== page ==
A puja is a simple ritual done by devout Buddhists usually before a statue of the Buddha in which respect and honour is given to the memory of the Buddha. The Pali word puja is derived from puppha meaning ‘a flower.’ During a pujà, flowers, lights and incense are placed in front of the Buddha statue, their symbolic significance is contemplated and then a few verses are chanted. Thus the pujà is both a contemplation and an outward expression of an inward conviction.
1 honour, respect, homage, 2 worship, devotional observances, devotional offerings; also offerings to Bhikkhus.
1: The Mahā-mangala Sutta Sn. 259 says that; Honour and respect towards those worthy of it, is conducive to great blessing; pūjā ca pūjaniyesu etam mangalam uttamarn See Dhp. 195f.
2: The Buddha did not think much of mere outer worship; Not thus, Ananda, is the Tathāgata respected, venerated, esteemed, worshipped and honoured in the highest degree. But, Ananda, whatsoever Bhikkhu or Bhikkhuni, lay man or lay woman, abides by the Teaching, lives uprightly in the Teaching, walks in the way of the Teaching, it is by him that the Tathāgata is respected, venerated, esteemed, worshipped and honoured in the highest degree; D. 16. -;There are two kinds of worship: in a material way āmisa-pūjā and through practice of the Dhamma dhamma-pūjā The worship through practice of the Dhamma is the better of the two; A. II.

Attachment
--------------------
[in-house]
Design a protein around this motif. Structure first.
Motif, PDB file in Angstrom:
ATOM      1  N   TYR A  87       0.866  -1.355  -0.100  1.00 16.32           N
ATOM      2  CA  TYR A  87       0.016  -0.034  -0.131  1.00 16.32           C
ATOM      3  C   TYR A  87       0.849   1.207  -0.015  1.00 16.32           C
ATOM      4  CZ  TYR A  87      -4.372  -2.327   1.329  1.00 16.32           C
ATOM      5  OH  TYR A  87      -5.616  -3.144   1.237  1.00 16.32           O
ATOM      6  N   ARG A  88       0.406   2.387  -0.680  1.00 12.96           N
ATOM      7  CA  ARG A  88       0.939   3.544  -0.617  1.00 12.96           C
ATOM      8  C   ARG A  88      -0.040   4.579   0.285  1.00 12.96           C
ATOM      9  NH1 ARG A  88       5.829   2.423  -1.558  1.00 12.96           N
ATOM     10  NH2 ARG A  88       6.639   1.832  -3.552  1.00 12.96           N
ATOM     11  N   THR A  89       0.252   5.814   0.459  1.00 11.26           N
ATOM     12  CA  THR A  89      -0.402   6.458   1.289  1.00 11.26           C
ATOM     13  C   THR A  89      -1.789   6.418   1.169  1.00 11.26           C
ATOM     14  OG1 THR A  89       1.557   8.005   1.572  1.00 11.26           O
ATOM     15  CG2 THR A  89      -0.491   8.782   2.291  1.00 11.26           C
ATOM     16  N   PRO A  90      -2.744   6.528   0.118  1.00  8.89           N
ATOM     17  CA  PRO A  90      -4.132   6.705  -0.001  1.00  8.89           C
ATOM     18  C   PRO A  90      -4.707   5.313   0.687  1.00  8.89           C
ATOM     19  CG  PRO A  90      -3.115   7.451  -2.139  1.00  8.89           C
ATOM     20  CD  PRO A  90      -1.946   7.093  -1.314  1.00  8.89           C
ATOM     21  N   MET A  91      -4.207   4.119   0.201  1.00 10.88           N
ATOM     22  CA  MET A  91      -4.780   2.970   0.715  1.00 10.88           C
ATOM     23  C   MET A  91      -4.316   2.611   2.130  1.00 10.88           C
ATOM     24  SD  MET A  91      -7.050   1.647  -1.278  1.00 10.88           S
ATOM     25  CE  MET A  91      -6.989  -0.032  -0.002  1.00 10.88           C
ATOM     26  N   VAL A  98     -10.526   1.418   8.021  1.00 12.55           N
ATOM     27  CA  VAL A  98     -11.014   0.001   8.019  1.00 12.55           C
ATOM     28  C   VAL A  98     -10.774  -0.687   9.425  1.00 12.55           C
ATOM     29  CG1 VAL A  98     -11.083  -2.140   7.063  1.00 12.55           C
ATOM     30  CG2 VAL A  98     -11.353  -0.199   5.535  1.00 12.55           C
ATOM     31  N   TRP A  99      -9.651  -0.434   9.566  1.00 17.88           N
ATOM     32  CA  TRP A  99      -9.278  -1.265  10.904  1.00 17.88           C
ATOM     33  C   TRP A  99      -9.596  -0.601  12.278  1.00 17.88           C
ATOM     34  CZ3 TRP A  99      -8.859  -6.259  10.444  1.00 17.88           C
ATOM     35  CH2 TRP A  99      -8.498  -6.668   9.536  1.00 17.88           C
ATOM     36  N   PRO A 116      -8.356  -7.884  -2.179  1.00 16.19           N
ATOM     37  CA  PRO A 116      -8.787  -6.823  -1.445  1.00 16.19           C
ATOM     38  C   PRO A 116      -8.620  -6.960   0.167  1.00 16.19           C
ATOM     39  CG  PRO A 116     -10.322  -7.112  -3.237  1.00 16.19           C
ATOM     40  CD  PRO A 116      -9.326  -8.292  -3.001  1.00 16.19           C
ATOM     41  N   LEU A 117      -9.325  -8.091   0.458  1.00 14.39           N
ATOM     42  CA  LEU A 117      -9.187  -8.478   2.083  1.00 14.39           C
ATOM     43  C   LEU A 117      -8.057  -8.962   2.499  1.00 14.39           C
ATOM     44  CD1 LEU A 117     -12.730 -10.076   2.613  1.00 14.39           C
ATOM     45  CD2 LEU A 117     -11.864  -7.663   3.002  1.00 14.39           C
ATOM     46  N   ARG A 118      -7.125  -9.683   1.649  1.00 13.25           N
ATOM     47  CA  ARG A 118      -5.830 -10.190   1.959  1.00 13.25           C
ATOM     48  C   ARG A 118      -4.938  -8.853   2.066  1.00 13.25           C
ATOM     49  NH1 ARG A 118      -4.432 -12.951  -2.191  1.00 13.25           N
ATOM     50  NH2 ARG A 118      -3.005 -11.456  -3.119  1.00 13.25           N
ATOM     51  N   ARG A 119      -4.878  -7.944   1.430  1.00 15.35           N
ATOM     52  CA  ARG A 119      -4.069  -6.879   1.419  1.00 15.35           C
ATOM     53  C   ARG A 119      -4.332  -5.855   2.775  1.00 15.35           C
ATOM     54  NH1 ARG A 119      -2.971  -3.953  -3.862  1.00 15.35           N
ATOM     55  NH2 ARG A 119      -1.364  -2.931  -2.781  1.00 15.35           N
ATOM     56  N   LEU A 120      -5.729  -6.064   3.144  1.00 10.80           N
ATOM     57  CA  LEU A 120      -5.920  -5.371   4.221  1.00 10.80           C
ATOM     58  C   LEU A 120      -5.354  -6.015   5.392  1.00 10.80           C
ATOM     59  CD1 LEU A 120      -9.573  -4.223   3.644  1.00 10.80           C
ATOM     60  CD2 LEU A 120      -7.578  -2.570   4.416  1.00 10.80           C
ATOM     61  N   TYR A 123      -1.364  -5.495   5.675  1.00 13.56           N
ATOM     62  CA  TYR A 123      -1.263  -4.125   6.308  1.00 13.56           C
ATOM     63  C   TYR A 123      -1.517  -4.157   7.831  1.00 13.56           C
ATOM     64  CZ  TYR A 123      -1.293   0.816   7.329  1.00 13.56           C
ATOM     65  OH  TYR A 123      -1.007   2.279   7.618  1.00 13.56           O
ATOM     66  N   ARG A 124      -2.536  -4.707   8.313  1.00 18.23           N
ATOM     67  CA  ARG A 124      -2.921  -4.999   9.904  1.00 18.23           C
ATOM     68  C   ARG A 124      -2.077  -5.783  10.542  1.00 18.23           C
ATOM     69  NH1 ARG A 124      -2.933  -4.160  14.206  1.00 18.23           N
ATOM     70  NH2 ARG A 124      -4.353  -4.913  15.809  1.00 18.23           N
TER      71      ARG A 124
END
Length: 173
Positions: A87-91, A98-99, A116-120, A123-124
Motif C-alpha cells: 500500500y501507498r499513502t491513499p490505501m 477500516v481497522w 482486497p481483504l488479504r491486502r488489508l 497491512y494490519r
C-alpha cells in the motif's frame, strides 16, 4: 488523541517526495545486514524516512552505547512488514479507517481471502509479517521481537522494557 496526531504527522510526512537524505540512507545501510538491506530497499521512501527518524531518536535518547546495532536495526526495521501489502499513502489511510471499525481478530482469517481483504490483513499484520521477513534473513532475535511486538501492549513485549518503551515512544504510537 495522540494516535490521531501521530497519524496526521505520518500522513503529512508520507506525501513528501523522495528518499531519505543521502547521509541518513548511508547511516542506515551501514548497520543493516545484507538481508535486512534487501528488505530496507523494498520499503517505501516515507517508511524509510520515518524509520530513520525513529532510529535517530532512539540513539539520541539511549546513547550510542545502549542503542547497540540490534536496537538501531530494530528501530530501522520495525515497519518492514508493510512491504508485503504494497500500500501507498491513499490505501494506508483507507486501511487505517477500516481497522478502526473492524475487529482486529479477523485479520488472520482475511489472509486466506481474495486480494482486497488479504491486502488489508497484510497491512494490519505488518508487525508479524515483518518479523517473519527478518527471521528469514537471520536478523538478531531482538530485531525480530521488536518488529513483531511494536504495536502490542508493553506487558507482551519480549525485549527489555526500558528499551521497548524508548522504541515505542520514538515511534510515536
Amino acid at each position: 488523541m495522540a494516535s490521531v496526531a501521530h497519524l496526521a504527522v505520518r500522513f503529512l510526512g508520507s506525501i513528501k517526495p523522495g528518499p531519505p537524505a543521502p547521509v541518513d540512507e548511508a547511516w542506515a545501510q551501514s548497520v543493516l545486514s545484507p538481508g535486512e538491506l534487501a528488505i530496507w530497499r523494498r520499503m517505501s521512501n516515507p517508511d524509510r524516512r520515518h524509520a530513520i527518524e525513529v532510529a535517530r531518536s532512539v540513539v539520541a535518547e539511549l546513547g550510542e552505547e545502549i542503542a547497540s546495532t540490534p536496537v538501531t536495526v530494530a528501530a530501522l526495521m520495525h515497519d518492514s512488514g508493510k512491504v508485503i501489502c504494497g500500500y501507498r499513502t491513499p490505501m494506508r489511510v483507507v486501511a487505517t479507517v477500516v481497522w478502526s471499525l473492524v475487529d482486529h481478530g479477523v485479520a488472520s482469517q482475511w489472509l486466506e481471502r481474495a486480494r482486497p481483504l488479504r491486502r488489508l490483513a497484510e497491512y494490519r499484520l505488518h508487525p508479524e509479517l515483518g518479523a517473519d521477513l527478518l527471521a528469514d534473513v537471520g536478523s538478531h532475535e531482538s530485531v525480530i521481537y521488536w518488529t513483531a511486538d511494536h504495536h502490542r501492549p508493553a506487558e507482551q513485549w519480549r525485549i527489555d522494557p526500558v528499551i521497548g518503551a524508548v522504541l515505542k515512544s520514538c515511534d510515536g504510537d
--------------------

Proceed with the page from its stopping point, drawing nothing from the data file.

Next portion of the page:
- Maha Thera Nyanatiloka. Manual of Buddhist Terms and Doctrines, Buddhist Publication Society, first edition 1952.